4 Wheeling and Jeep Trails



CAUTIONThe road between Marble and Crested Butte (CR3 via Schofield Pass) can be treacherous.


The old mining road (circa 1890’s) between Marble and Crystal City, including Lead King Basin and the Devils Punchbowls, ranks among the top 4-wheeling locations in the State of Colorado.  Sections of the road are challenging to even the most experienced drivers. Jeep, ATV and other off-road vehicles frequent the road from May to October. Activities include fishing, hunting, camping, hiking, mountain biking, horseback riding, and sightseeing. Please keep in mind you are surrounded by wilderness areas so please stay on the established roadway and pack out what you pack in.

A favorite pastime of locals is telling stories about unfortunate tourists and other unsuspecting drivers, following their GPS or MapQuest routing, who attempt to take Gunnison County Road 3, via Schofield Pass. Many of which end up with a sizable tow truck bill before getting back on the right track.

For a map of the trail go here:  http://www.crystalriverjeeptour.smithfamilycolorado.com/Graphics/Route.htm


Hiking the Jeep Trails



If you decide to attempt the road to Crystal City or Lead King Basin, please keep in mind the following: It is a very rough road and you need to be prepared. Please make sure you pack water, food, a jacket, sunscreen, hat, etc. This is a 6 mile jeep trail that is steep and rocky.  You will be walking on the road and will need to keep an eye out for ATV's and traffic.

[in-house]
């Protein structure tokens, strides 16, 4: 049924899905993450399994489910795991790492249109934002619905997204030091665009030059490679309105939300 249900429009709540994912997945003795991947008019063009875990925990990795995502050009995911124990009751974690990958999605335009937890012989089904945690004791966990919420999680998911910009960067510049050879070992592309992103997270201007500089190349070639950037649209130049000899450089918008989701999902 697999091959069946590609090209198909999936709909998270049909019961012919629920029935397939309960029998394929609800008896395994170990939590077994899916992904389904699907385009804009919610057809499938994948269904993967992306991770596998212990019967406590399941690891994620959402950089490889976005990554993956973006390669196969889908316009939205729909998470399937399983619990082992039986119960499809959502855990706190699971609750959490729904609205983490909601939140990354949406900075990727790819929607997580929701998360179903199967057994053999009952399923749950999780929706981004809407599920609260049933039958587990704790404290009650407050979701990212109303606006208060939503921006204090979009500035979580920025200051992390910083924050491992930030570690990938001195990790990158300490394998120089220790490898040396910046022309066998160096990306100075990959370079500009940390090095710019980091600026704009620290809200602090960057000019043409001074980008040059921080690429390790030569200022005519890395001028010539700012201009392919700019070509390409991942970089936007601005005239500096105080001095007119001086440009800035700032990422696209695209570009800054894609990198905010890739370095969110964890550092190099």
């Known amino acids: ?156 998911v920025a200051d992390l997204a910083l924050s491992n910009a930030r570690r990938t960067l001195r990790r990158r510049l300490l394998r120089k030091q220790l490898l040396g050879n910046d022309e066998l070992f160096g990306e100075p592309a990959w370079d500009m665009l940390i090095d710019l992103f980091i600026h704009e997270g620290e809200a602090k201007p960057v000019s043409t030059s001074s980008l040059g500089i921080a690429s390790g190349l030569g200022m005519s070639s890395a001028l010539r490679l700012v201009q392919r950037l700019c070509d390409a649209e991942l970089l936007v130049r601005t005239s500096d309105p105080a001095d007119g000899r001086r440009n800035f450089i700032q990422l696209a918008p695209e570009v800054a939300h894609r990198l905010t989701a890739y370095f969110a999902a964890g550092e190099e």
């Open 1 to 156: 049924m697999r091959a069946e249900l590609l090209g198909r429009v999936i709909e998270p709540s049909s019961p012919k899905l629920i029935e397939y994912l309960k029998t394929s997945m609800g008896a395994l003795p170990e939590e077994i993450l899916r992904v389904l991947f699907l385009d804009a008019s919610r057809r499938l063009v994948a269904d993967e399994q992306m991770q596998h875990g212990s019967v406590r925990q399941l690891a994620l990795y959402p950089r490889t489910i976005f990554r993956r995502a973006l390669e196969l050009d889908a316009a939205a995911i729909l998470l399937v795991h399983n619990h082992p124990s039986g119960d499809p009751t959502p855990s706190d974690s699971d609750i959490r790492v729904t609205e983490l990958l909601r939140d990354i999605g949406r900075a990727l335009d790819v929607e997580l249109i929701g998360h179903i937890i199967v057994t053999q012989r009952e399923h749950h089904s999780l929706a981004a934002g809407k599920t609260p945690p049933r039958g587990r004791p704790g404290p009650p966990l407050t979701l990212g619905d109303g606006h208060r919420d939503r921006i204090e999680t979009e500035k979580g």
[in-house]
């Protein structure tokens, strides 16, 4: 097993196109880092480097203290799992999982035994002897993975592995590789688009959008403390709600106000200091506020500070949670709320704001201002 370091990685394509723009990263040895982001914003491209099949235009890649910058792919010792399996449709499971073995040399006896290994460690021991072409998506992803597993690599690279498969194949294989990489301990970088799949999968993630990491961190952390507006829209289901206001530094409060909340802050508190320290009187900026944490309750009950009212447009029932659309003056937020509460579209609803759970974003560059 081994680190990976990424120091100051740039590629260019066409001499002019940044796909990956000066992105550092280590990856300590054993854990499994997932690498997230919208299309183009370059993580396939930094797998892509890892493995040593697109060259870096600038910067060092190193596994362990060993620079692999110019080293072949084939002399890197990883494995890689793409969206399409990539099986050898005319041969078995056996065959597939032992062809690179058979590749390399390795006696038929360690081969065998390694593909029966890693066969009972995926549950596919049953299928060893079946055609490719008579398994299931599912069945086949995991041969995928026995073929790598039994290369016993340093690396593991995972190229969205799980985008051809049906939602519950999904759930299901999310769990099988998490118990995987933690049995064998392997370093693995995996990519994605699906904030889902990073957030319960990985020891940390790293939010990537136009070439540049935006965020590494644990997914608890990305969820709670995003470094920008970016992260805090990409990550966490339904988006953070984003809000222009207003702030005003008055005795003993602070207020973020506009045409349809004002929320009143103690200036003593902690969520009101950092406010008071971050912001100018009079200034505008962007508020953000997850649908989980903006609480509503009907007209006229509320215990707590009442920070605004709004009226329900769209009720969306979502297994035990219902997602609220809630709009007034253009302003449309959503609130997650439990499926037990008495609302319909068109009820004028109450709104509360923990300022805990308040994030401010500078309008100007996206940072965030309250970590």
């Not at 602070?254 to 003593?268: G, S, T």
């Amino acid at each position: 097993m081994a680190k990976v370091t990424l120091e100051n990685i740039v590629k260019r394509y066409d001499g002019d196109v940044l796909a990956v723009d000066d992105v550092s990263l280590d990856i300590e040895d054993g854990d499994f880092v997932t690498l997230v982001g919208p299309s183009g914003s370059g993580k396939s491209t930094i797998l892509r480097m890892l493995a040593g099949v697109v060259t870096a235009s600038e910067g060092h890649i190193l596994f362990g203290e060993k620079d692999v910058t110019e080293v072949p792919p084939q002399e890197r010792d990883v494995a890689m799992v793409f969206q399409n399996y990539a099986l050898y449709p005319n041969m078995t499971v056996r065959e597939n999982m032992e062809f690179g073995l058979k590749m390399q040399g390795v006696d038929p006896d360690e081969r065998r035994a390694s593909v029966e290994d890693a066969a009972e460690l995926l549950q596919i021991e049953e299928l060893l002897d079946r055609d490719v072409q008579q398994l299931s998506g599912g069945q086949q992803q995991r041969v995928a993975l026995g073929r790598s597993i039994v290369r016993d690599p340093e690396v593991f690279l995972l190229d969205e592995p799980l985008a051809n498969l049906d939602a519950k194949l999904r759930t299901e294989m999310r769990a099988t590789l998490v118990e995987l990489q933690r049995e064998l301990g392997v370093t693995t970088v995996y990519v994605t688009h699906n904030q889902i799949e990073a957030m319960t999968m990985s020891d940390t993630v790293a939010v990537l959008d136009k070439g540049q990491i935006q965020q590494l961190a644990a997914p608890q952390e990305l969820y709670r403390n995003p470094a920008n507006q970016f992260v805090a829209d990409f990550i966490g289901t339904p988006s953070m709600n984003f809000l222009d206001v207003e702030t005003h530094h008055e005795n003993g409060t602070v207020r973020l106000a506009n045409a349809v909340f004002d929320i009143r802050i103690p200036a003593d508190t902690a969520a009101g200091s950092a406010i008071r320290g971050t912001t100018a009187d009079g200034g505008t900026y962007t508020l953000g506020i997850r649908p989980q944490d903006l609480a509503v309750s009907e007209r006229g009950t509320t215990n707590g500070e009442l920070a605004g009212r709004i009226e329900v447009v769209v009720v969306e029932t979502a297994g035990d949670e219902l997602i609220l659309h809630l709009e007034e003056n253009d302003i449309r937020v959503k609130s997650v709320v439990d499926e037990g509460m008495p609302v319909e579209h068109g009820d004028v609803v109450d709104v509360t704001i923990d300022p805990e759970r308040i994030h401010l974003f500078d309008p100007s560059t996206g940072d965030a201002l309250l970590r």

Off-Road Etiquette



If you decide to attempt the road to Crystal City or Lead King Basin, please keep in mind the following rules of off-road etiquette.

  1. Right-of-way. Please yield the right-of-way to hikers, horses, bicyclists, and vehicles going up hill.

  2. Leave no trace. Pack it in, pack it out. If you see trash on the trail, pick it up.

  3. Do not go off the trail and do not widen the trail. Millions of acres that once were available to off-roaders are now closed because of improper use. Every time someone misuses a trail it puts everyone that much closer to losing more ground. Please respect the area you are in and try to enhance the image of off-roaders, not erode it.

  4. When you really have to go, bring a shovel. Solid waste should be buried at least 6 inches deep and 100 yards from any campsite and/or water. There is a public outhouse in Crystal City behind the store.

  5. Air down your tires. This improves traction and helps prevent punctures (20-25 psi recommended).

  6. Don’t harass the wildlife. And don’t let your pet do it either. Keep them under control. By law all pets must be leashed while in the White River National Forest areas.

  7. Do not speed. Excessive speed, and the noise and dust that go with it, is no ones friend off-road. Our drivers average 2.5 mph on the trail and rarely spin a wheel. If you do not have four-wheel drive, you probably should not attempt this road. If you want to ride a motocross or race off-road, find a track.

  8. Be prepared.   Water, food, spare tire and jack come to mind. Sensible footwear and dressing in layers helps as well.

  9. Read this web page:   Tread Lightly responsible recreation.